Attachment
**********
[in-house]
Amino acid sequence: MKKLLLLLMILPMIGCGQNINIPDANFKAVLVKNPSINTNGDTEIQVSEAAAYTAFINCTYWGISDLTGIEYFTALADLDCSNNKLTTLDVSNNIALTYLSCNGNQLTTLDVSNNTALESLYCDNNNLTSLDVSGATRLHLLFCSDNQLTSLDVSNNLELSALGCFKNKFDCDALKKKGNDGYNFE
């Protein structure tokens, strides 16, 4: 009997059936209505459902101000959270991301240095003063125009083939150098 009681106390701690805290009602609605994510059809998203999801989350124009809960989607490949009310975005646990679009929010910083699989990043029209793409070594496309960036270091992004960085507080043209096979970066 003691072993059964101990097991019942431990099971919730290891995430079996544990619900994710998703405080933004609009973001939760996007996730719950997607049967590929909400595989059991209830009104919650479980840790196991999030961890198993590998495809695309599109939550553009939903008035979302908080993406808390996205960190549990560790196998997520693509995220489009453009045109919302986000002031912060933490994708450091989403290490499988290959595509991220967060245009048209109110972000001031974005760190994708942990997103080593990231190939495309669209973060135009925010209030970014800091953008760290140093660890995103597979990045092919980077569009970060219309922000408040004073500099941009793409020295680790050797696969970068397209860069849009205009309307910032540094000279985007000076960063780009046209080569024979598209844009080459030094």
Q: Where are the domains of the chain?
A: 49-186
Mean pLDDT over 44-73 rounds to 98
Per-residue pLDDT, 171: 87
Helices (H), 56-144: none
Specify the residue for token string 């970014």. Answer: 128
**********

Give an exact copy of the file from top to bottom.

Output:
[in-house]
Amino acid sequence: MKKLLLLLMILPMIGCGQNINIPDANFKAVLVKNPSINTNGDTEIQVSEAAAYTAFINCTYWGISDLTGIEYFTALADLDCSNNKLTTLDVSNNIALTYLSCNGNQLTTLDVSNNTALESLYCDNNNLTSLDVSGATRLHLLFCSDNQLTSLDVSNNLELSALGCFKNKFDCDALKKKGNDGYNFE
């Protein structure tokens, strides 16, 4: 009997059936209505459902101000959270991301240095003063125009083939150098 009681106390701690805290009602609605994510059809998203999801989350124009809960989607490949009310975005646990679009929010910083699989990043029209793409070594496309960036270091992004960085507080043209096979970066 003691072993059964101990097991019942431990099971919730290891995430079996544990619900994710998703405080933004609009973001939760996007996730719950997607049967590929909400595989059991209830009104919650479980840790196991999030961890198993590998495809695309599109939550553009939903008035979302908080993406808390996205960190549990560790196998997520693509995220489009453009045109919302986000002031912060933490994708450091989403290490499988290959595509991220967060245009048209109110972000001031974005760190994708942990997103080593990231190939495309669209973060135009925010209030970014800091953008760290140093660890995103597979990045092919980077569009970060219309922000408040004073500099941009793409020295680790050797696969970068397209860069849009205009309307910032540094000279985007000076960063780009046209080569024979598209844009080459030094």
Q: Where are the domains of the chain?
A: 49-186
Mean pLDDT over 44-73 rounds to 98
Per-residue pLDDT, 171: 87
Helices (H), 56-144: none
Specify the residue for token string 């970014």. Answer: 128